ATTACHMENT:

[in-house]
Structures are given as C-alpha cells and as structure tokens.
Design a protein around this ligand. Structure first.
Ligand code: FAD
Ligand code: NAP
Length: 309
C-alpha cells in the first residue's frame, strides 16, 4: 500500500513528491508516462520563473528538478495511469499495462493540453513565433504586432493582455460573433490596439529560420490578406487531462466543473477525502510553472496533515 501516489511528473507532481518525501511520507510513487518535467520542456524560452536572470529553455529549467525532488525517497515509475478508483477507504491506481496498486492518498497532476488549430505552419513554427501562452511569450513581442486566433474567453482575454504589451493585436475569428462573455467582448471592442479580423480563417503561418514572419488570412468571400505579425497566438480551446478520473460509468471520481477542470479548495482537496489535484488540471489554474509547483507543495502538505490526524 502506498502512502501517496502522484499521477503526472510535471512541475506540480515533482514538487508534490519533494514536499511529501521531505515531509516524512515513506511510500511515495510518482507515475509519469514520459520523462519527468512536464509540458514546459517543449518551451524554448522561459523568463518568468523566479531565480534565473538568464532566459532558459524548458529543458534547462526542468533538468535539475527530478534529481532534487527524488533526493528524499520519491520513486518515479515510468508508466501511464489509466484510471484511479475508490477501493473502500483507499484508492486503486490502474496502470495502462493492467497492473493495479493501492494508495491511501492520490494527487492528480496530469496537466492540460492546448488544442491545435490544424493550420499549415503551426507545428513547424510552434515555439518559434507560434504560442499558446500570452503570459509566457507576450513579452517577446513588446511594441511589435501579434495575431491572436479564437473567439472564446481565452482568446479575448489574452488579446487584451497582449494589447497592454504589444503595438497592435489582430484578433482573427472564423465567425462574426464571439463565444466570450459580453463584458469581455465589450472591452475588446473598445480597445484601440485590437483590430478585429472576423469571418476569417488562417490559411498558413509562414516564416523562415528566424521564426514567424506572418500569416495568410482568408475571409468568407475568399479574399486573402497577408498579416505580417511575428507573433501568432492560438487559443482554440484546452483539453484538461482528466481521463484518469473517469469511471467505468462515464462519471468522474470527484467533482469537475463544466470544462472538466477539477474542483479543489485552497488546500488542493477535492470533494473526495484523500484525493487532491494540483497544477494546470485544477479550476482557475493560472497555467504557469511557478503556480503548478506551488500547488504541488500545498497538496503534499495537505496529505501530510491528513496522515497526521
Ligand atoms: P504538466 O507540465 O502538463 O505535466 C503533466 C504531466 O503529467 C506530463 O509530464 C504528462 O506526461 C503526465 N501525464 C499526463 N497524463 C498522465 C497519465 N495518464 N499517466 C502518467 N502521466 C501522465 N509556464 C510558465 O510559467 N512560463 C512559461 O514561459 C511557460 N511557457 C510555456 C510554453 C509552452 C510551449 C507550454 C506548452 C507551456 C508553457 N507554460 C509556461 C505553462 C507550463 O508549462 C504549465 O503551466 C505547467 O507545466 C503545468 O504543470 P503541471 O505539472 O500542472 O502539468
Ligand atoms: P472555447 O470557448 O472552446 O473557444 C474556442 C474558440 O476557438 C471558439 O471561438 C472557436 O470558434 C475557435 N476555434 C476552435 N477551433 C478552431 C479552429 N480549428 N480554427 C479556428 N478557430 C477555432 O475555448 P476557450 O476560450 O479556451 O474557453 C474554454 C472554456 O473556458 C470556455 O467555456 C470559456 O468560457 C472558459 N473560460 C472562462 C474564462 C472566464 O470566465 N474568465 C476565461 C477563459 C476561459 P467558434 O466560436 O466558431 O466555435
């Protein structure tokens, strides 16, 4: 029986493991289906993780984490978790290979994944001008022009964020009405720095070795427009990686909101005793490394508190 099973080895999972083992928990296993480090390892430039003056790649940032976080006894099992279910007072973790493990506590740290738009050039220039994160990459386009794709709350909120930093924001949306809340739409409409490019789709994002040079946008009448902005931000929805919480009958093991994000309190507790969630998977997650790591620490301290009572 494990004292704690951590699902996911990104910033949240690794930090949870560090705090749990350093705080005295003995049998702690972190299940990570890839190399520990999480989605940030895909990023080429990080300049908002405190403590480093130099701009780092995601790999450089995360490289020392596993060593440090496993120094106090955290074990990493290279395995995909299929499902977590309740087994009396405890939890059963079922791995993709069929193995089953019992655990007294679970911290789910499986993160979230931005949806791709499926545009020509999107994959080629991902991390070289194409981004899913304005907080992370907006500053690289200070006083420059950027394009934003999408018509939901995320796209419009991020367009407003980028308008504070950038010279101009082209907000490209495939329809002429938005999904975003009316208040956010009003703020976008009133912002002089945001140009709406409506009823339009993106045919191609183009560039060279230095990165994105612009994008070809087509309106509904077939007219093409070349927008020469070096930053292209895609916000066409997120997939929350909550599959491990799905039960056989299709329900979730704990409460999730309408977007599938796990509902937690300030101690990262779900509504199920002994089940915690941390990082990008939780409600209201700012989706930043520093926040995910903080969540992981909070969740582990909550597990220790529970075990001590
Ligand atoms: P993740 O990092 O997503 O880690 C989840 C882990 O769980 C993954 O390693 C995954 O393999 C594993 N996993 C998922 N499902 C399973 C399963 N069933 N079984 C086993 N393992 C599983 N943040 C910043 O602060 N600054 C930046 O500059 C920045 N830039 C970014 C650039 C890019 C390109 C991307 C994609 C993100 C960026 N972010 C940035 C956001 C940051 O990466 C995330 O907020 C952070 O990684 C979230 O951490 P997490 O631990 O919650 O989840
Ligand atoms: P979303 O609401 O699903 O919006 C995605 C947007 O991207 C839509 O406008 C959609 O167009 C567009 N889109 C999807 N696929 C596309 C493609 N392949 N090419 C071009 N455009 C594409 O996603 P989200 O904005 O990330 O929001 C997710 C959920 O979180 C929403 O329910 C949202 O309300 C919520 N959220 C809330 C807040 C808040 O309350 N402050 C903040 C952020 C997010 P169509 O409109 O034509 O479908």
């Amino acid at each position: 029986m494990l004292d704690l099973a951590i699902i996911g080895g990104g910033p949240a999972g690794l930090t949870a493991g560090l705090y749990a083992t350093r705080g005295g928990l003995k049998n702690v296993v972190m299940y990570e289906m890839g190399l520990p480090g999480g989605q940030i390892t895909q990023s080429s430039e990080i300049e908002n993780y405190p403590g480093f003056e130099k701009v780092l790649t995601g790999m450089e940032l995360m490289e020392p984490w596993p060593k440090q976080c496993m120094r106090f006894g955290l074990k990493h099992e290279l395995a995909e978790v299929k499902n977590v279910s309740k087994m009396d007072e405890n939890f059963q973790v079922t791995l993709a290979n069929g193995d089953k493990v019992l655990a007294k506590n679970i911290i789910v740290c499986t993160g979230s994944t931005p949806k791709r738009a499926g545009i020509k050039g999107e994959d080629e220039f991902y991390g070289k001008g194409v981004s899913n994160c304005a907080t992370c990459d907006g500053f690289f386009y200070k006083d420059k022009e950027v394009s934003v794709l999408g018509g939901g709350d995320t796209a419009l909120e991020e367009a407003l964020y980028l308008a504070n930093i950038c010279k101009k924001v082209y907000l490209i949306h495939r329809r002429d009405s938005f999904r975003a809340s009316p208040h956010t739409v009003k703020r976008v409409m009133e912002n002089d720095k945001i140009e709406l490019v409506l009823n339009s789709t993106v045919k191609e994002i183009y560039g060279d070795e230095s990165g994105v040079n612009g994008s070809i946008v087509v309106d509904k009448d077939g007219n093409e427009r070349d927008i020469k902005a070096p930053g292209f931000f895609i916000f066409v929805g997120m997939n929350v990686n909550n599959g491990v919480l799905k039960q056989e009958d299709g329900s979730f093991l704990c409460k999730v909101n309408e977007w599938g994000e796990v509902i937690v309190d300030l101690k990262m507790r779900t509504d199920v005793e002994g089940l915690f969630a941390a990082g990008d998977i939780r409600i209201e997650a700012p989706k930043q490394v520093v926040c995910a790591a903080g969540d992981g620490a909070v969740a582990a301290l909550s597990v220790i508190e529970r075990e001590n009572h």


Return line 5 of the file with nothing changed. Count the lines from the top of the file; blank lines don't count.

Ligand code: NAP